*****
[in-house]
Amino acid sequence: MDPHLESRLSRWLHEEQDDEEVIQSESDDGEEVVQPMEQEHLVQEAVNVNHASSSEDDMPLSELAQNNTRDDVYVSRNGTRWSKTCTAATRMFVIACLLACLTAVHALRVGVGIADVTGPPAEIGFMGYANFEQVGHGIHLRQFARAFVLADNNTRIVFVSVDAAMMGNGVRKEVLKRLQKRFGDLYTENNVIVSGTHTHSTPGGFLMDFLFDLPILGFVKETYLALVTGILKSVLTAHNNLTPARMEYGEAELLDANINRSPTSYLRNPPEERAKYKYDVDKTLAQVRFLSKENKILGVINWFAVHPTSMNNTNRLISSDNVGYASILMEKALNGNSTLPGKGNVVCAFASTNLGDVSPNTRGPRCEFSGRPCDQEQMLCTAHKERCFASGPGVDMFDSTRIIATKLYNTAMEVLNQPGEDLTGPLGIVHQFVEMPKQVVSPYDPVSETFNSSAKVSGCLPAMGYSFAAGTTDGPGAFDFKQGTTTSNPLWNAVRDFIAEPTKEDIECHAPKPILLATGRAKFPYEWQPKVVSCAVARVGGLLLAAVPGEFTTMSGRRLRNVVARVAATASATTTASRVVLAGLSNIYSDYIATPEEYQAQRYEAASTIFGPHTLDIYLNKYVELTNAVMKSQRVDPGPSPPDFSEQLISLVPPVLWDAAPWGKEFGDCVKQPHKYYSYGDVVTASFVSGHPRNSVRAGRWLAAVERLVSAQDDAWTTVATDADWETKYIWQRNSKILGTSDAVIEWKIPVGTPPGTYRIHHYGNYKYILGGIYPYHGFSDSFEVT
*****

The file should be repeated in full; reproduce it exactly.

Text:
[in-house]
Amino acid sequence: MDPHLESRLSRWLHEEQDDEEVIQSESDDGEEVVQPMEQEHLVQEAVNVNHASSSEDDMPLSELAQNNTRDDVYVSRNGTRWSKTCTAATRMFVIACLLACLTAVHALRVGVGIADVTGPPAEIGFMGYANFEQVGHGIHLRQFARAFVLADNNTRIVFVSVDAAMMGNGVRKEVLKRLQKRFGDLYTENNVIVSGTHTHSTPGGFLMDFLFDLPILGFVKETYLALVTGILKSVLTAHNNLTPARMEYGEAELLDANINRSPTSYLRNPPEERAKYKYDVDKTLAQVRFLSKENKILGVINWFAVHPTSMNNTNRLISSDNVGYASILMEKALNGNSTLPGKGNVVCAFASTNLGDVSPNTRGPRCEFSGRPCDQEQMLCTAHKERCFASGPGVDMFDSTRIIATKLYNTAMEVLNQPGEDLTGPLGIVHQFVEMPKQVVSPYDPVSETFNSSAKVSGCLPAMGYSFAAGTTDGPGAFDFKQGTTTSNPLWNAVRDFIAEPTKEDIECHAPKPILLATGRAKFPYEWQPKVVSCAVARVGGLLLAAVPGEFTTMSGRRLRNVVARVAATASATTTASRVVLAGLSNIYSDYIATPEEYQAQRYEAASTIFGPHTLDIYLNKYVELTNAVMKSQRVDPGPSPPDFSEQLISLVPPVLWDAAPWGKEFGDCVKQPHKYYSYGDVVTASFVSGHPRNSVRAGRWLAAVERLVSAQDDAWTTVATDADWETKYIWQRNSKILGTSDAVIEWKIPVGTPPGTYRIHHYGNYKYILGGIYPYHGFSDSFEVT